henry in ireland wrote (68 days ago):
this parade was about internment when men young and old were drag from their beds and locked up for no reason other than where they lived and the sumptuous thinking that they were all involved in the ira which was totally wrong but it was a big factor in making the ira stronger than ever, so if anyones looking for someone to blame for this parade then take a look at who was responsible for given the ok to lock them up in the first place, and as for those who moan that it was over 30 years ago then how do you feel about the 12 of july and the boyne which was over 400 years ago but still blights this country year in year out, take a look in the mirror folks and get rid of your own demons befoe laying into others
Steven in Belfast wrote (68 days ago):
Have these people nothing better to do that parade about something which happened precisely 324 years ago??....whoops wrong parade.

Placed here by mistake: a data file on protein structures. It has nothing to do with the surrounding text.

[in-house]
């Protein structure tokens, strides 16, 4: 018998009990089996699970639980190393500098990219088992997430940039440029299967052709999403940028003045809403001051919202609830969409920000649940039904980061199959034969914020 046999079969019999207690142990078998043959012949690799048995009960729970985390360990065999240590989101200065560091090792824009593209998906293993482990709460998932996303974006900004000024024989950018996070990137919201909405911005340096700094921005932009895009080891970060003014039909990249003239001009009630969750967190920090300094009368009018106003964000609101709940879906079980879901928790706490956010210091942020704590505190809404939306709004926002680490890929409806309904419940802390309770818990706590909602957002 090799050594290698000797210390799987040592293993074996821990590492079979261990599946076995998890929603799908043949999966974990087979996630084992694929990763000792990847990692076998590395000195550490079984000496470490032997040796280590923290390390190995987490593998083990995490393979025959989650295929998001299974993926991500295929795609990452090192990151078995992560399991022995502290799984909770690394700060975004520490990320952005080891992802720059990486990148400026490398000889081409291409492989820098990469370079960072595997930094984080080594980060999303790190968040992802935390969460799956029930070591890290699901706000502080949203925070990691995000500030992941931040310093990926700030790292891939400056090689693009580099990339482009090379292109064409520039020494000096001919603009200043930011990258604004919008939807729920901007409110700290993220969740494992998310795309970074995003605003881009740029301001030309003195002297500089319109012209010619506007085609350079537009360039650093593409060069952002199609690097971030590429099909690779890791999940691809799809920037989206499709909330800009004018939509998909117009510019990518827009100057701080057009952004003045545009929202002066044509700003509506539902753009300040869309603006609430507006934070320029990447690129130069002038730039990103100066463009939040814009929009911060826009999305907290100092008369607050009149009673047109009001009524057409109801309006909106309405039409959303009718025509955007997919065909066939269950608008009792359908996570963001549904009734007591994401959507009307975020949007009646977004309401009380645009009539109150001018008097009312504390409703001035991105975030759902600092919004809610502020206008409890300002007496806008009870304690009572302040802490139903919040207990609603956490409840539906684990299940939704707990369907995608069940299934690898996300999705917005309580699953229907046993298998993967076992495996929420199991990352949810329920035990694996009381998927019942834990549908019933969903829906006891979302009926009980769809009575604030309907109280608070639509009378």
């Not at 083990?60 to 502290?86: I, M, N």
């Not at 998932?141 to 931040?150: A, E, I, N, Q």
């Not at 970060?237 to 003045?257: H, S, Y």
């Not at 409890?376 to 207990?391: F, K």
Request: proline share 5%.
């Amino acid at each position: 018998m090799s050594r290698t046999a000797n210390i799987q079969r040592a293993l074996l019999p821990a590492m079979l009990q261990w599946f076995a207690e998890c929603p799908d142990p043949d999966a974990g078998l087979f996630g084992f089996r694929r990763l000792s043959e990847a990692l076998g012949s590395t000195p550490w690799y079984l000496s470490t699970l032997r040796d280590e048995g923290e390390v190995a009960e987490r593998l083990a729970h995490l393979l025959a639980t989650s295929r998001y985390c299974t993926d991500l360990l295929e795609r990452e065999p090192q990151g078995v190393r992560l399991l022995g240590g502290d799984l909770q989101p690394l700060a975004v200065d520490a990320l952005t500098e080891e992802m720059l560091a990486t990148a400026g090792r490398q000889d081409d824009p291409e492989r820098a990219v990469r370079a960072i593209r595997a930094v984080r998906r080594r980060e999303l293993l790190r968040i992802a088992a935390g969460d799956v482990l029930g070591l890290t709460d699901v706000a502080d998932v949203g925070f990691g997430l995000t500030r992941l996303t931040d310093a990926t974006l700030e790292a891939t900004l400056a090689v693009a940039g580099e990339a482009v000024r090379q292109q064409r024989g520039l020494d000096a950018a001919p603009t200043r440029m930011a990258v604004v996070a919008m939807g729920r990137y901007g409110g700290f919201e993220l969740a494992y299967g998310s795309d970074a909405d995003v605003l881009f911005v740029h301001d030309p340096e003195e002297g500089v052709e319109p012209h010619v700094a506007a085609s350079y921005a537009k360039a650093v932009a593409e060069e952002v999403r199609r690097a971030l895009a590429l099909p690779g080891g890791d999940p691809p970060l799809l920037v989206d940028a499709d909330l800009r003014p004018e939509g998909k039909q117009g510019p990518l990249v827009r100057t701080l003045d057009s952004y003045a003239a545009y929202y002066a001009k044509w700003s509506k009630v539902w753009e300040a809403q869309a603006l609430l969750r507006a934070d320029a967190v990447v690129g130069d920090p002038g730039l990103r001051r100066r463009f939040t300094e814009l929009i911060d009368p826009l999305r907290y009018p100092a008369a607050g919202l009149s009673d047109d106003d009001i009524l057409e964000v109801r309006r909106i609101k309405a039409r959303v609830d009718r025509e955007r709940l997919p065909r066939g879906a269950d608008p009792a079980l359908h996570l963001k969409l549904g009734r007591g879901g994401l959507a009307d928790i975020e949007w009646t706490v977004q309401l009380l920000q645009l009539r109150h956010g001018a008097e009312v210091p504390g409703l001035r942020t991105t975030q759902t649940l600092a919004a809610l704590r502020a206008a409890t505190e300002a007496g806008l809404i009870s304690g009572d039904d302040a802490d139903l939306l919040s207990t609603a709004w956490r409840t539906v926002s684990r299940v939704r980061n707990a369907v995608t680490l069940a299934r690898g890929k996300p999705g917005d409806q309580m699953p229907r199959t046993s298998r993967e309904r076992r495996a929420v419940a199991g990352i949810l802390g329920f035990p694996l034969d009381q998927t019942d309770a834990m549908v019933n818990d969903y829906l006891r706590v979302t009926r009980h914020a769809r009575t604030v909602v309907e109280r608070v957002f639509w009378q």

Game Over in for All Parades wrote (69 days ago):
Time to bring the MADNESS of what are no more than sectarian parades to an end for good. We need to ALL move on into the 21st century. I am talking about ALL PARADES - (OO, RBP, RSF,AOH... etc) The Apprentice Boys of Derry are the ONLY organisation who have 'evolved' their cultural celebration in ways that removes the divisive sectarian element and, as a result, are the most successful parades with regard to inclusivity and cross community support/acceptance. ALL of the other organisations either need to follow suit or GO AWAY and STAY AWAY! WE NEITHER NEED NOR WANT YOU IN OUR SOCIETY ANYMORE.
KM in Belfast wrote (69 days ago):
People are complaining about this being 30 years ago and 'move on'. Yet you still celebrate something that happened over 300 years ago. It is difficult to accept political and cultural advice from people that can't even spell.
POST A COMMENT:
Name:  
Email address*:    
Location:  
Validation:
House Rules:  
Your Comment:  
[All comments are moderated and will not appear immediately. Your name, location and comment will be displayed on this page if your post passes moderation.]
MOST POPULAR GALLERIES
Ryder Cup 2014 - Day One
Fri 26 September 2014
Lynda Bellingham: 1948-2014
Mon 20 October 2014
The X Factor: Judges
Fri 03 October 2014